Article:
11. Kaur P, Rahman SJ 2015 Molecular microbial metagenomics BIOL 4905 laboratory manual University Readers, Georgia State University Atlanta, GA
12. Muth TR, McEntee CM 2014 Undergraduate urban metagenomics research module J Microbiol Biol Educ 15 1 38 40 10.1128/jmbe.v15i1.645 24839517 4004741 http://dx.doi.org/10.1128/jmbe.v15i1.645
13. Neufeld JD, et al 2011 Open resource metagenomics: a model for sharing metagenomic libraries Stand Genomic Sci 5 2 203 210 10.4056/sigs.1974654 22180823 3235511 http://dx.doi.org/10.4056/sigs.1974654
14. Pace NR 1997 A molecular view of microbial diversity and the biosphere Science 276 5313 734 740 10.1126/science.276.5313.734 9115194 http://dx.doi.org/10.1126/science.276.5313.734
15. Rios-Velazquez C, et al 2011 Summer workshop in metagenomics: one week plus eight students equals gigabases of cloned DNA J Microbiol Biol Educ 12 2 120 126 10.1128/jmbe.v12i2.177 23653755 3577266 http://dx.doi.org/10.1128/jmbe.v12i2.177
16. Russell SH, Hancock MP, McCullough J 2007 Benefits of undergraduate research experience Sci Educ Forum 316 548 549
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2016-12-02
2019-05-26

Abstract:

Molecular Microbial Metagenomics is a research-based undergraduate course developed at Georgia State University. This semester-long course provides hands-on research experience in the area of microbial diversity and introduces molecular approaches to study diversity. Students are part of an ongoing research project that uses metagenomic approaches to isolate clones containing 16S ribosomal ribonucleic acid (rRNA) genes from a soil metagenomic library. These approaches not only provide a measure of microbial diversity in the sample but may also allow discovery of novel organisms. Metagenomic approaches differ from the traditional culturing methods in that they use molecular analysis of community deoxyribonucleic acid (DNA) instead of culturing individual organisms. Groups of students select a batch of 100 clones from a metagenomic library. Using universal primers to amplify 16S rRNA genes from the pool of DNA isolated from 100 clones, and a stepwise process of elimination, each group isolates individual clones containing 16S rRNA genes within their batch of 100 clones. The amplified 16S rRNA genes are sequenced and analyzed using bioinformatics tools to determine whether the rRNA gene belongs to a novel organism. This course provides avenues for active learning and enhances students’ conceptual understanding of microbial diversity. Average scores on six assessment methods used during field testing indicated that success in achieving different learning objectives varied between 84% and 95%, with 65% of the students demonstrating complete grasp of the project based on the end-of-project lab report. The authentic research experience obtained in this course is also expected to result in more undergraduates choosing research-based graduate programs or careers.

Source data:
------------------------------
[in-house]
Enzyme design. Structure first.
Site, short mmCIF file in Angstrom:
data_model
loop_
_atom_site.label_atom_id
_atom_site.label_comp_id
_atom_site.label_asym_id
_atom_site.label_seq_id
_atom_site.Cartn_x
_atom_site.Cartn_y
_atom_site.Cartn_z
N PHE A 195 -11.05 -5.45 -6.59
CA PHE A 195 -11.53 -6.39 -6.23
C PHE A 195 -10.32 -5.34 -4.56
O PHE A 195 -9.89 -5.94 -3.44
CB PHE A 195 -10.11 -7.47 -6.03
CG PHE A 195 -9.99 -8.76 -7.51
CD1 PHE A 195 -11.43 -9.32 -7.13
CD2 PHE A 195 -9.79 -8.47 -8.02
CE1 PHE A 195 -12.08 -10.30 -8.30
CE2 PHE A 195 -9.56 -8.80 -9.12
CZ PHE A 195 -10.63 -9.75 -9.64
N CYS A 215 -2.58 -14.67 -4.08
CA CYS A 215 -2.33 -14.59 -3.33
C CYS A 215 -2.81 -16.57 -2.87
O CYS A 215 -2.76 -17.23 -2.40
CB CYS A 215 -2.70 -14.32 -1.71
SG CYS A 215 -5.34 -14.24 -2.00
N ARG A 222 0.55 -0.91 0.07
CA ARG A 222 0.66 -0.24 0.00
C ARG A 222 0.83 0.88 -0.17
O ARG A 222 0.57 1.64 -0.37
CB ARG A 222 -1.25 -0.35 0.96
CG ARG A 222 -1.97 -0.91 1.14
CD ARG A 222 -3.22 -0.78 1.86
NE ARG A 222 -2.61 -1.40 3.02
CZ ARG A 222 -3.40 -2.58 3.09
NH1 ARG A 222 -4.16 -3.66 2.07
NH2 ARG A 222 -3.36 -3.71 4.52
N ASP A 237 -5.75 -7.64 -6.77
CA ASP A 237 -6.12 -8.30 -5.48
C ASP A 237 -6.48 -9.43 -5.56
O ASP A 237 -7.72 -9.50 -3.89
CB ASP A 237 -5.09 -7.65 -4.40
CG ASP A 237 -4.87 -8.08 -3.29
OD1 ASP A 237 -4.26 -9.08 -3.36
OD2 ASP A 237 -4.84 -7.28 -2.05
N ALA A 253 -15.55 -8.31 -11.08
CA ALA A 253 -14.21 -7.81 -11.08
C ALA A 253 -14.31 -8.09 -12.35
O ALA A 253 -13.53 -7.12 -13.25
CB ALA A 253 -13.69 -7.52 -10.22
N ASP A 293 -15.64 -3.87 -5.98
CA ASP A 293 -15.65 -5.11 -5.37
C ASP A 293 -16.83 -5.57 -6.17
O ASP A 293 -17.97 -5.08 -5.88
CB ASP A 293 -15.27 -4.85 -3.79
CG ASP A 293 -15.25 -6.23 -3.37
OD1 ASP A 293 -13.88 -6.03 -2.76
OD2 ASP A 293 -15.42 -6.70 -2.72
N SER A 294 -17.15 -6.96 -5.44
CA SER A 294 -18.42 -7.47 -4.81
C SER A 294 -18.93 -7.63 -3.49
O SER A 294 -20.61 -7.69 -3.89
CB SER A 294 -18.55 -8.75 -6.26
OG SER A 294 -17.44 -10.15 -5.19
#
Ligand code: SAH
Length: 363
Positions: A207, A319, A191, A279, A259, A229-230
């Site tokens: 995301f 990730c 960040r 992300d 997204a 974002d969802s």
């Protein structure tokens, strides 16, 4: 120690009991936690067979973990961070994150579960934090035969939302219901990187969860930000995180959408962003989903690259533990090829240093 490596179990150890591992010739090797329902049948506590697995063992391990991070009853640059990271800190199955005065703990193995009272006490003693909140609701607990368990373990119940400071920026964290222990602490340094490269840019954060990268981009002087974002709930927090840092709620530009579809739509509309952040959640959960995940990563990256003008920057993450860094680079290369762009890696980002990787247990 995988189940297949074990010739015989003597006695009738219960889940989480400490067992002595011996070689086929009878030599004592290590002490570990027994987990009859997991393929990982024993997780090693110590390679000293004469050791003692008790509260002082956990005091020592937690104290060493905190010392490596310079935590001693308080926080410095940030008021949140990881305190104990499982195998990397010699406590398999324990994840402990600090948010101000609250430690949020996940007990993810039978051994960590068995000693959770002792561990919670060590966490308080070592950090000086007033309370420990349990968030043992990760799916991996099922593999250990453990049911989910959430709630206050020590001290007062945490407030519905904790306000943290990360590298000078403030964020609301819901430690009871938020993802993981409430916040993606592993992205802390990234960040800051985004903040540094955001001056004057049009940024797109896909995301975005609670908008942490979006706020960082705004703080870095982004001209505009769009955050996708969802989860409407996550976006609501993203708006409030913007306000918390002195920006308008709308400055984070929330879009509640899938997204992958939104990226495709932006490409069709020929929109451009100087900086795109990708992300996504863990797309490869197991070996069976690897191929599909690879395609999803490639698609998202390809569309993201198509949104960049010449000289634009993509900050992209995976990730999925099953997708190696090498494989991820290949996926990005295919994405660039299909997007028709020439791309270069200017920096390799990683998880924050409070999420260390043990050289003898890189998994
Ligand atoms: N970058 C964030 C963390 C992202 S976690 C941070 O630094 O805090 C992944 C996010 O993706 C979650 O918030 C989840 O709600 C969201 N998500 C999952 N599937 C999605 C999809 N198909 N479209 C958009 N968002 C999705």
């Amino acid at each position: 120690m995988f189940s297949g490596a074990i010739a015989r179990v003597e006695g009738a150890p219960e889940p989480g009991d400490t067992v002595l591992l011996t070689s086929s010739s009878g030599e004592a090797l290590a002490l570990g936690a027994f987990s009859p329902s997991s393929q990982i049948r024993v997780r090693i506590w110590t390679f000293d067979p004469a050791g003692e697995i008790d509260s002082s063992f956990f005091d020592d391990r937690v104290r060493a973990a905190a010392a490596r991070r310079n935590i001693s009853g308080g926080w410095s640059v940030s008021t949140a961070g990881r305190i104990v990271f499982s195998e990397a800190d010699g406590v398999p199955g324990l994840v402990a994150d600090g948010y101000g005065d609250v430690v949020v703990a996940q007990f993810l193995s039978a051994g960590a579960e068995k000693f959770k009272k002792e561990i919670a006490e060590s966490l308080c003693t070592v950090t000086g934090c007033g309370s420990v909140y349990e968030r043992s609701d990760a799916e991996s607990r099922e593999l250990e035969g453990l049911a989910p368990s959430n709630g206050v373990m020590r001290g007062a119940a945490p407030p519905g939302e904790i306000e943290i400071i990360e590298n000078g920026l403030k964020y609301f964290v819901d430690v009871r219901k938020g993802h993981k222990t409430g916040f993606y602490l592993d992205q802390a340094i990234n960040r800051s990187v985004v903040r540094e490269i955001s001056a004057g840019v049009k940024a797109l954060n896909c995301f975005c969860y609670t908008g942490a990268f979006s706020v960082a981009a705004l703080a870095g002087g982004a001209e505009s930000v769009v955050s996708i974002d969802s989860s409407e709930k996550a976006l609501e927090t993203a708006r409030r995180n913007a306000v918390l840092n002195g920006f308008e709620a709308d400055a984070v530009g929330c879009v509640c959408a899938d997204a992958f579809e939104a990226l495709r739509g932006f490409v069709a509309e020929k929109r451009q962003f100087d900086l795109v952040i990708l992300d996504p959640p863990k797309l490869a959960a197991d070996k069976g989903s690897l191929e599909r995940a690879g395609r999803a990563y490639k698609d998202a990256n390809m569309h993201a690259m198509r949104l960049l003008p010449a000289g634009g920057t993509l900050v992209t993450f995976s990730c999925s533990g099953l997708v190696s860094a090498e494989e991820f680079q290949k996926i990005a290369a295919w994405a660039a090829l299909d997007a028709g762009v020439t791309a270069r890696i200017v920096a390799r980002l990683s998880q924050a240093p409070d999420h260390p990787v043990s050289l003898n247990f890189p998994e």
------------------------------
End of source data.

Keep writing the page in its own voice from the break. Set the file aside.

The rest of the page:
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Figures

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FIGURE 1

Flow of experiments in the project and analyses of PCR-amplified DNA. (A) Progression of experiments. A simplified flowchart of the experiments for identifying 16S rRNA gene-containing clones from the metagenomic library by a stepwise process of elimination. Red plus sign indicates the presence of a positive 16S-containing clone in the batch. (B) Isolation of pooled DNA and PCR analysis. This flowchart shows the experimental steps corresponding to each blue asterisk in panel A. DNA = deoxyribonucleic acid; rRNA = ribosomal ribonucleic acid; PCR = polymerase chain reaction; RDP = ribosomal database project.

Source: J. Microbiol. Biol. Educ. December 2016 vol. 17 no. 3 423-429. doi:10.1128/jmbe.v17i3.1115
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FIGURE 2

Learning gains evident from pre/post-class surveys given during the Summer Pilot Program. A pre-class survey ( Appendix 3 ) was given on the first day of the program to test knowledge of the topics related to the course. The same survey was provided to the students at the end of the program. The surveys were completed by five students and were evaluated on accuracy as well as the extent of knowledge displayed. Blue = pre-class survey; red = post-class survey; RNA = ribonucleic acid; PCR = polymerase chain reaction; DNA = deoxyribonucleic acid.

Source: J. Microbiol. Biol. Educ. December 2016 vol. 17 no. 3 423-429. doi:10.1128/jmbe.v17i3.1115
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FIGURE 3

Assessment of learning gains from two semester-long courses with a total of 16 students. (A) Average scores on all assessment methods ( 1 6 ) and the average overall course grade over two semesters ( 7 ). (B) Average scores on selected quiz questions (provided in Appendix 4.1 ). (C) Detailed assessment of student lab reports: writing style follows scientific paper (1); abstract summarizes purpose of the project (2); introduction includes appropriate content (3); method section provides concise narrative (4); results include rationale and summary of experiments (5); figures and tables are included in results (6); discussion includes analysis of results (7). (D) Overall assessment of the lab reports using a two-point rubric: i) understanding flow of the project, and ii) understanding central concepts. BLAST = basic local alignment search tool.

Source: J. Microbiol. Biol. Educ. December 2016 vol. 17 no. 3 423-429. doi:10.1128/jmbe.v17i3.1115